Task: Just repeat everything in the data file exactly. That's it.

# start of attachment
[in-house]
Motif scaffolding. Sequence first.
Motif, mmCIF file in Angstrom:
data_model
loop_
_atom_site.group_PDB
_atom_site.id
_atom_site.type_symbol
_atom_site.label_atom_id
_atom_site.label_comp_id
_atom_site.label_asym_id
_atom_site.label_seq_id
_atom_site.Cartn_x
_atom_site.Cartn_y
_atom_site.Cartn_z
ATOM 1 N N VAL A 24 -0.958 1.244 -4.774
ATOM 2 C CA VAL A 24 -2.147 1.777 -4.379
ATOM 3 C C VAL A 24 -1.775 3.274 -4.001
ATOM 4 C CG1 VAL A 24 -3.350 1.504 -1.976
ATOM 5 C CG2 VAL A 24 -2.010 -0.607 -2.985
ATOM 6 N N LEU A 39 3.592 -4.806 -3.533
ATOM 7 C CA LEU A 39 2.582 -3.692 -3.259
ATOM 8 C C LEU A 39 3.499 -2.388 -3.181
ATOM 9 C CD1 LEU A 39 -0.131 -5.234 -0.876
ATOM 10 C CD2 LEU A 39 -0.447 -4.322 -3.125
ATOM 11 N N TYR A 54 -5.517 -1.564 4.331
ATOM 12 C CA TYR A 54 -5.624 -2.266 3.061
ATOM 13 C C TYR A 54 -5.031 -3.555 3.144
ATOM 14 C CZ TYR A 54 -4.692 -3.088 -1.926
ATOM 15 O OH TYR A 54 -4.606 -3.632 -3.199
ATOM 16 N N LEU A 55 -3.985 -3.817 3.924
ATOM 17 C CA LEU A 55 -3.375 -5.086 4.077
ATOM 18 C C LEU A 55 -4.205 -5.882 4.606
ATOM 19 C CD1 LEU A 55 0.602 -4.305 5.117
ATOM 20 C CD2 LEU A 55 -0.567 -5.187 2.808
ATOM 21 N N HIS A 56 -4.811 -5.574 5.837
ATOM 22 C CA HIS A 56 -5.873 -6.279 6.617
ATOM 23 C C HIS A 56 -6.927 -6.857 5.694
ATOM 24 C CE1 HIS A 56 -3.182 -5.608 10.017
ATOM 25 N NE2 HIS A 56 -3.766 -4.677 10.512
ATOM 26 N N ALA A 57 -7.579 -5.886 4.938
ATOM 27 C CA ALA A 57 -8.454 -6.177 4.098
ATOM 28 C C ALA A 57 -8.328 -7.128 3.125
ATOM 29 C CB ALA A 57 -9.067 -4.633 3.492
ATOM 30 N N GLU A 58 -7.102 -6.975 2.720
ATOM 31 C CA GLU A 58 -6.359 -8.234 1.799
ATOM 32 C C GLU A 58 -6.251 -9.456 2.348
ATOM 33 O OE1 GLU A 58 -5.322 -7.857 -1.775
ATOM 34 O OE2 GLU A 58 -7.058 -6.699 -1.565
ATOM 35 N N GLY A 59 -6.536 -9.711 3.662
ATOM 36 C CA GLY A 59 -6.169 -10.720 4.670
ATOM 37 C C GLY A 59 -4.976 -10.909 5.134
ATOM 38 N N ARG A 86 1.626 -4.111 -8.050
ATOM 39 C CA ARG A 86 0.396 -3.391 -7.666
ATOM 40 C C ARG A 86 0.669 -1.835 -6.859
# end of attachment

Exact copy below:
[in-house]
Motif scaffolding. Sequence first.
Motif, mmCIF file in Angstrom:
data_model
loop_
_atom_site.group_PDB
_atom_site.id
_atom_site.type_symbol
_atom_site.label_atom_id
_atom_site.label_comp_id
_atom_site.label_asym_id
_atom_site.label_seq_id
_atom_site.Cartn_x
_atom_site.Cartn_y
_atom_site.Cartn_z
ATOM 1 N N VAL A 24 -0.958 1.244 -4.774
ATOM 2 C CA VAL A 24 -2.147 1.777 -4.379
ATOM 3 C C VAL A 24 -1.775 3.274 -4.001
ATOM 4 C CG1 VAL A 24 -3.350 1.504 -1.976
ATOM 5 C CG2 VAL A 24 -2.010 -0.607 -2.985
ATOM 6 N N LEU A 39 3.592 -4.806 -3.533
ATOM 7 C CA LEU A 39 2.582 -3.692 -3.259
ATOM 8 C C LEU A 39 3.499 -2.388 -3.181
ATOM 9 C CD1 LEU A 39 -0.131 -5.234 -0.876
ATOM 10 C CD2 LEU A 39 -0.447 -4.322 -3.125
ATOM 11 N N TYR A 54 -5.517 -1.564 4.331
ATOM 12 C CA TYR A 54 -5.624 -2.266 3.061
ATOM 13 C C TYR A 54 -5.031 -3.555 3.144
ATOM 14 C CZ TYR A 54 -4.692 -3.088 -1.926
ATOM 15 O OH TYR A 54 -4.606 -3.632 -3.199
ATOM 16 N N LEU A 55 -3.985 -3.817 3.924
ATOM 17 C CA LEU A 55 -3.375 -5.086 4.077
ATOM 18 C C LEU A 55 -4.205 -5.882 4.606
ATOM 19 C CD1 LEU A 55 0.602 -4.305 5.117
ATOM 20 C CD2 LEU A 55 -0.567 -5.187 2.808
ATOM 21 N N HIS A 56 -4.811 -5.574 5.837
ATOM 22 C CA HIS A 56 -5.873 -6.279 6.617
ATOM 23 C C HIS A 56 -6.927 -6.857 5.694
ATOM 24 C CE1 HIS A 56 -3.182 -5.608 10.017
ATOM 25 N NE2 HIS A 56 -3.766 -4.677 10.512
ATOM 26 N N ALA A 57 -7.579 -5.886 4.938
ATOM 27 C CA ALA A 57 -8.454 -6.177 4.098
ATOM 28 C C ALA A 57 -8.328 -7.128 3.125
ATOM 29 C CB ALA A 57 -9.067 -4.633 3.492
ATOM 30 N N GLU A 58 -7.102 -6.975 2.720
ATOM 31 C CA GLU A 58 -6.359 -8.234 1.799
ATOM 32 C C GLU A 58 -6.251 -9.456 2.348
ATOM 33 O OE1 GLU A 58 -5.322 -7.857 -1.775
ATOM 34 O OE2 GLU A 58 -7.058 -6.699 -1.565
ATOM 35 N N GLY A 59 -6.536 -9.711 3.662
ATOM 36 C CA GLY A 59 -6.169 -10.720 4.670
ATOM 37 C C GLY A 59 -4.976 -10.909 5.134
ATOM 38 N N ARG A 86 1.626 -4.111 -8.050
ATOM 39 C CA ARG A 86 0.396 -3.391 -7.666
ATOM 40 C C ARG A 86 0.669 -1.835 -6.859